Minnesota School Of Music - February 2020

02. 2020 763-432-9713 www.mnschoolofmusic.com

THE MONTHLY MUSICIAN

HOW ERIN AND I GOT TOGETHER LOVE AND MUSIC

T his month, we celebrate love on much in this newsletter: how my wife Erin and I first got together. Believe it or not, our relationship has lasted 22 wonderful years — the majority of our lives. Not only does our shared history go way back, but it also started right here in Blain! “High school sweethearts” would be the best way to describe our relationship. It all started at a mutual friend’s house in 1997, the year of Tamagotchis and “Titanic.” We played a few rounds of pool together and got to talking, eventually deciding to go out on a date to Perkins. Sitting together with that breakfast food between us, I don’t think either of us could ever imagine the future we were setting out for ourselves. It was a rather unlikely beginning. I was a senior enjoying the relatively new freedoms of having a driver’s license and a cell phone while Erin was a freshman finding her way in the world. And therein lay the first obstacle — while a three-year age difference isn’t much in adulthood, the gap can seem huge for teenagers. We were both operating in very different worlds with one of us adjusting to high school life and the other preparing for his next step in life. And then, of course, there were parents. and relationships, so I thought I’d share a story I haven’t touched

Looking back, I certainly don’t blame Erin’s dad for regarding me with some suspicion at first. After all, being an older teen with subwoofers in the back of his car, I probably didn’t make a great first impression. I got used to the sight of him watching me through the window every time I dropped Erin off — and now that I’m a father myself, I can’t say I blame him. But, for what it’s worth, when I came to him nine years later on Christmas Eve to ask for his blessing, he said yes. I asked Erin to marry me shortly after at Gooseberry Falls. It was the dead of winter, and we’d gone on a careful jaunt through the woods. Despite the snow and ice, I got down on one knee and popped the question. She, in turn, made me the happiest man on earth. We got married the following spring and set out on the new adventure of raising a family. Being with the same person for 22 years certainly brings its ups and downs. Hurdles come from within and without, but, as long as you face those challenges together, love perseveres. As with any serious commitment, a good marriage takes work, and — believe it or not — being a musician taught me that. New musicians, like newlyweds, have a bit of a honeymoon period. For three months or so, they make a great amount of progress, mastering new skills as they gain a greater understanding of their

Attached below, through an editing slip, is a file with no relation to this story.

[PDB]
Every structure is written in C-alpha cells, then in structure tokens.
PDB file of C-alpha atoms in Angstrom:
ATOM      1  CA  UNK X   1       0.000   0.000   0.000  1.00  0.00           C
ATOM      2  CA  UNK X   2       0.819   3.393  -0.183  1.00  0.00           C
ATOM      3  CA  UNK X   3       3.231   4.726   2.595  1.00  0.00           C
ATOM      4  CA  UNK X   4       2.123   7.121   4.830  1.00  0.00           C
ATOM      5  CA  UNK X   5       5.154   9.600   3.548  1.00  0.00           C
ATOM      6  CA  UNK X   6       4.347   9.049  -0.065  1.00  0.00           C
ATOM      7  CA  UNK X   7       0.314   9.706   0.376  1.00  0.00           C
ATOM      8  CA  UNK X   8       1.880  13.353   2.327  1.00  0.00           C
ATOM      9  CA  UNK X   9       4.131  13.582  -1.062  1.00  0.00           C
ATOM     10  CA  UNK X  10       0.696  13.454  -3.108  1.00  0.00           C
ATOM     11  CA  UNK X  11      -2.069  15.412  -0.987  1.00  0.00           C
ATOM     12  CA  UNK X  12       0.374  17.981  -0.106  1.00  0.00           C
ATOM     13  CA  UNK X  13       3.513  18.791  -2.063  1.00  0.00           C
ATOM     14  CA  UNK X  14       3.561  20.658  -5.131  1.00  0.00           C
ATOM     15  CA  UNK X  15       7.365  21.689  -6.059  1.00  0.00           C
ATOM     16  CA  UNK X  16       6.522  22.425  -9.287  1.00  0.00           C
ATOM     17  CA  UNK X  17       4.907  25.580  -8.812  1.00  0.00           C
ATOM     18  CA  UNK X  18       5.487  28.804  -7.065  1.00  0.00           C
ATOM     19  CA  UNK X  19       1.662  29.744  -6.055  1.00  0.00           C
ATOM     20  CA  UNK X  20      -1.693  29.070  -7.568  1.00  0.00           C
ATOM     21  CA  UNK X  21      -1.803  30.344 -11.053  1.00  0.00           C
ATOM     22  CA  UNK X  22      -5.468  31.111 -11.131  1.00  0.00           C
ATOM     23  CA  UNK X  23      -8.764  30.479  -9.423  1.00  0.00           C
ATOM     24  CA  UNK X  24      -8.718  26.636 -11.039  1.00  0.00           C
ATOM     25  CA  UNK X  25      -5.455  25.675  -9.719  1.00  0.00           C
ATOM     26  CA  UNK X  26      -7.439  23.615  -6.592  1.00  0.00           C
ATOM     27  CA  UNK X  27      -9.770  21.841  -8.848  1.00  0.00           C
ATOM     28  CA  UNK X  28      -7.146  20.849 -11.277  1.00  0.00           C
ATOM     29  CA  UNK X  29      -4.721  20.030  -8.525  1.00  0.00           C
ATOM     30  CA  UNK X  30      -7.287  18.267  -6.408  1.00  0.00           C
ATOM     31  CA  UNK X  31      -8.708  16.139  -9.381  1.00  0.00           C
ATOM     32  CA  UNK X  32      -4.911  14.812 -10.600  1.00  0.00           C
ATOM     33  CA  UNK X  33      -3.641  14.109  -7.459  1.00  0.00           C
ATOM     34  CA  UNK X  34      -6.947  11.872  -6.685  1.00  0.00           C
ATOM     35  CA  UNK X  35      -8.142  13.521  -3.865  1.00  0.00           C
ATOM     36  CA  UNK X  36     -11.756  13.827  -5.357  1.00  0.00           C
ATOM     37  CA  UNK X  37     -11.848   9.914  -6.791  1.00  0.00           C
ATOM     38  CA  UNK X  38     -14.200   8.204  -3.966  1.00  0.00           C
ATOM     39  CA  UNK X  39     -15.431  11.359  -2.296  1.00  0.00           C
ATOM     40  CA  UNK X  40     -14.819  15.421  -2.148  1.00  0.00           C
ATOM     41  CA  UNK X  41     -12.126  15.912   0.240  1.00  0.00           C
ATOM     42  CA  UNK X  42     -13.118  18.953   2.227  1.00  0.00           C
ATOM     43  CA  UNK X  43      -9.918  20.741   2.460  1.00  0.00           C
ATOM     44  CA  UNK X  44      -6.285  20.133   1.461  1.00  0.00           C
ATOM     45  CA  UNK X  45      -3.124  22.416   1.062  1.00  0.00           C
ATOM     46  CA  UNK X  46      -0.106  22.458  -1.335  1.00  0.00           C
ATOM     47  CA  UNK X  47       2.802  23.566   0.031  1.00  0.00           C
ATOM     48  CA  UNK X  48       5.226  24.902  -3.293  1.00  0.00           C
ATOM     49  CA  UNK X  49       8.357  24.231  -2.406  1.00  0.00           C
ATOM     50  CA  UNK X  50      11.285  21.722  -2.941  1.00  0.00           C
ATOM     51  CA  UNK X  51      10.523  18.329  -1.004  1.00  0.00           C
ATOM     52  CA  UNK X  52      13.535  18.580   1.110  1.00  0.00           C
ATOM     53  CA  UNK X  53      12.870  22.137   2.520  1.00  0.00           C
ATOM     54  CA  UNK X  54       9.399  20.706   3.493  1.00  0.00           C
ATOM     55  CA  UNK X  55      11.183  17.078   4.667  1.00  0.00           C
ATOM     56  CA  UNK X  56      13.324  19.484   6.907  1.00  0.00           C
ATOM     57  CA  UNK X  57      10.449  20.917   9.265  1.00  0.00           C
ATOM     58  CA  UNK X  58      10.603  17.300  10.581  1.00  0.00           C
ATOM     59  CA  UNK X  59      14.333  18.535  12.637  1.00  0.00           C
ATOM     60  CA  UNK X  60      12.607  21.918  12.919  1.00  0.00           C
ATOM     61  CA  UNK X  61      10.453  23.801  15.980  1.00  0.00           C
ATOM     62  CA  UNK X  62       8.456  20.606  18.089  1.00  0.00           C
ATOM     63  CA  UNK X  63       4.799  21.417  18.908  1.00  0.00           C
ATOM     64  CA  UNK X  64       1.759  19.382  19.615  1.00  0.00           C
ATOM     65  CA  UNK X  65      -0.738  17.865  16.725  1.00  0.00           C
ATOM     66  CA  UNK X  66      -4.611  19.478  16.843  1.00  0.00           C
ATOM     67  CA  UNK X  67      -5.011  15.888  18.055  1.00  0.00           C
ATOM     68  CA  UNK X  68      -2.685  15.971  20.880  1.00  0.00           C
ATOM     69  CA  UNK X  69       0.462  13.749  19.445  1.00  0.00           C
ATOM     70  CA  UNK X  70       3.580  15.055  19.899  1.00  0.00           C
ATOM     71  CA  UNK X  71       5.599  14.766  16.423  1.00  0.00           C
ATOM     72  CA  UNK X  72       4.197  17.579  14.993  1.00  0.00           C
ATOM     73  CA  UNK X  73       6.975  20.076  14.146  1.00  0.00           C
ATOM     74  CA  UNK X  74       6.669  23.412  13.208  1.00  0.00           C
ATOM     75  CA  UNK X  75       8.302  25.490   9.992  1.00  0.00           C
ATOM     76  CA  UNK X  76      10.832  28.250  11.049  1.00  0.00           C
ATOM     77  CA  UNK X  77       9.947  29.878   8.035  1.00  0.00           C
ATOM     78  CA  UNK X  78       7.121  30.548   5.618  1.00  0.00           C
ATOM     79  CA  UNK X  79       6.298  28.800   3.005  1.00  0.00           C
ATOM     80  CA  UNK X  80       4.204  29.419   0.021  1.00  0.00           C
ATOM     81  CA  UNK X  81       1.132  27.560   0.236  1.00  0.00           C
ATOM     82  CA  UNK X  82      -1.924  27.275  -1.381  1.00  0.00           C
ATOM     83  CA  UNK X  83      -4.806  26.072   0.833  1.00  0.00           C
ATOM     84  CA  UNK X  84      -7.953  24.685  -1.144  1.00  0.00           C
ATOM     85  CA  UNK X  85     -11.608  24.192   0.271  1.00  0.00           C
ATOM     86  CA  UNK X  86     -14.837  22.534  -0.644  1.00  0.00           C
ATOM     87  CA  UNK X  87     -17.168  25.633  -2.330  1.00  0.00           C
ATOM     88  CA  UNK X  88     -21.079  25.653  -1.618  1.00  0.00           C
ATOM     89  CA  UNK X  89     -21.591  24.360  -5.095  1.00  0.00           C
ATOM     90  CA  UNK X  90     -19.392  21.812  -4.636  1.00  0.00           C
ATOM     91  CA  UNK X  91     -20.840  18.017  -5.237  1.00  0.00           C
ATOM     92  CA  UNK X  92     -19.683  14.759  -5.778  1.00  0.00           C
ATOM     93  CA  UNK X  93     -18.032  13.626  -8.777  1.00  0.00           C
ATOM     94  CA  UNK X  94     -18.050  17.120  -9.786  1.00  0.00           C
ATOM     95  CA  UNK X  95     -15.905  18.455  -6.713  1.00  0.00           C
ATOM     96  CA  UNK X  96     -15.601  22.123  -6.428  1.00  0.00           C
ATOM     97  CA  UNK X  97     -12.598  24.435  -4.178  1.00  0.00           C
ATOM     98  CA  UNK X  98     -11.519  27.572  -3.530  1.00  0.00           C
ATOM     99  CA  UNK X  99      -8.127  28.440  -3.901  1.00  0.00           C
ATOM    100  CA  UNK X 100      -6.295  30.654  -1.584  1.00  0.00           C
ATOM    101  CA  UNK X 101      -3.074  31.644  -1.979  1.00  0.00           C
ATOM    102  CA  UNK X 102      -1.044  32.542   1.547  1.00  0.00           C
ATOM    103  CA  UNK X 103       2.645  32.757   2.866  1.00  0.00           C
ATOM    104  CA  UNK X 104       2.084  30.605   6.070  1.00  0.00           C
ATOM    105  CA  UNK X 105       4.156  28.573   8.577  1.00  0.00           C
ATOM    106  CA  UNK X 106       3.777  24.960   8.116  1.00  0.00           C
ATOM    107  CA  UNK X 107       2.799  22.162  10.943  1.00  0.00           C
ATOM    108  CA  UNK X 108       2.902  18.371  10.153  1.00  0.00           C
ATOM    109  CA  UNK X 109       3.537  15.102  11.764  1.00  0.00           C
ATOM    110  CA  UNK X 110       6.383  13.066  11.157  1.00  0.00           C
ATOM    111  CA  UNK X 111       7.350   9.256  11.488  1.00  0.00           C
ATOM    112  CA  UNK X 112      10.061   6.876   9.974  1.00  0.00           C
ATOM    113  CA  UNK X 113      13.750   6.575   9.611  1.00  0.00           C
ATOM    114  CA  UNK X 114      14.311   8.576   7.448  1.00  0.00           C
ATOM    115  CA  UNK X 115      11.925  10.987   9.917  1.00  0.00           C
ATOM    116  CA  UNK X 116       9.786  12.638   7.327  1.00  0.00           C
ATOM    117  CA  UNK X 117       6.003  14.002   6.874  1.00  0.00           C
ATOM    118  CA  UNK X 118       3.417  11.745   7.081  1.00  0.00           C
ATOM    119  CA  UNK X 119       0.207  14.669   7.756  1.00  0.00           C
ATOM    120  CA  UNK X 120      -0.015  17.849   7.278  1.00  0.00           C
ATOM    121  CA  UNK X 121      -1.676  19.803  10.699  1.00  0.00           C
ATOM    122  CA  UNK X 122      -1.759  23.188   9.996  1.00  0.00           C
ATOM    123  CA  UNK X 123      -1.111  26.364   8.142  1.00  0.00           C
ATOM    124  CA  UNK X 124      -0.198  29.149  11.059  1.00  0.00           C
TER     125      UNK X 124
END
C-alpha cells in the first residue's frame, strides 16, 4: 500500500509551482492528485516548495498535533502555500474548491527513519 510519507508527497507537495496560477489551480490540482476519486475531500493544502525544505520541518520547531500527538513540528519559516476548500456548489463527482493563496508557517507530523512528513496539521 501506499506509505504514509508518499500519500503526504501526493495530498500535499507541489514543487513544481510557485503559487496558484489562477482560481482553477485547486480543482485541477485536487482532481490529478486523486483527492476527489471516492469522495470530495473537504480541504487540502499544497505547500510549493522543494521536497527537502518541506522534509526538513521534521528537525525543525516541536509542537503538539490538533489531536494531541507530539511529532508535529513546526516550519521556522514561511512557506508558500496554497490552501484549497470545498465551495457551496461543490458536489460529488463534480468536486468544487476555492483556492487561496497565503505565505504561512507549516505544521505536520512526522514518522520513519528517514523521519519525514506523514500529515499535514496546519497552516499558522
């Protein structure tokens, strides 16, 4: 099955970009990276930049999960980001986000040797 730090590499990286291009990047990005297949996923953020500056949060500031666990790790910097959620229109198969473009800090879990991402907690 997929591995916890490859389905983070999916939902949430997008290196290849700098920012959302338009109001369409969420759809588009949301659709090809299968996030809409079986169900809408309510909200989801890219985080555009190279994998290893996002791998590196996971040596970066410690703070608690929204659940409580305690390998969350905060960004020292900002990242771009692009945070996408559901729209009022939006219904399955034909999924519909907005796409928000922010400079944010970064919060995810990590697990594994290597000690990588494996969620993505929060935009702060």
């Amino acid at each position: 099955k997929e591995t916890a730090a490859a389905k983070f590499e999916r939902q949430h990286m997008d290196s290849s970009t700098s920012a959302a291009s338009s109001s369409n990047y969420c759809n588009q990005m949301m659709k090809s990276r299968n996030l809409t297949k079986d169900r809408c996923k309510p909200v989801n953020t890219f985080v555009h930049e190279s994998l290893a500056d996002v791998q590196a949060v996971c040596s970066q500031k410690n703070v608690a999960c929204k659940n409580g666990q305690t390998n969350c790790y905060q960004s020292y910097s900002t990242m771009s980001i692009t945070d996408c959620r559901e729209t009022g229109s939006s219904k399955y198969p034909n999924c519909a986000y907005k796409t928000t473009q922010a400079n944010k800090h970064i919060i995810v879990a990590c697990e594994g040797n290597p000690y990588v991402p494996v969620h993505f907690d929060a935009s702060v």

instrument. But inevitably, reality sets in and they realize, “Oh, this is hard. This isn’t as fun as it used to be.” In both situations, this is when you’re faced with a very important choice. Serious commitments have their challenging moments whether it’s a commitment to a person or an art form. Those who can learn to stick with the path they chose during these difficult periods are ultimately the better for it — a lesson better learned sooner than later. This is one of those life skills music teaches so well. Long before I faced the challenges of becoming a father and a provider to my family, I faced learning the guitar. I’d already experienced the “I’m going to be a rock star” honeymoon period that comes with that instrument, as well as the crushing revelation of just how demanding playing guitar at the highest levels can be. Likewise, when it came time to face the challenges of married life, I’d already proven to myself I could fight through those moments of doubt, learn from them, and overcome any obstacles in my path. Most importantly, I learned the sweet music that comes with fighting through those challenging moments.

Happy Valentine’s Day,

–Eric Nehring

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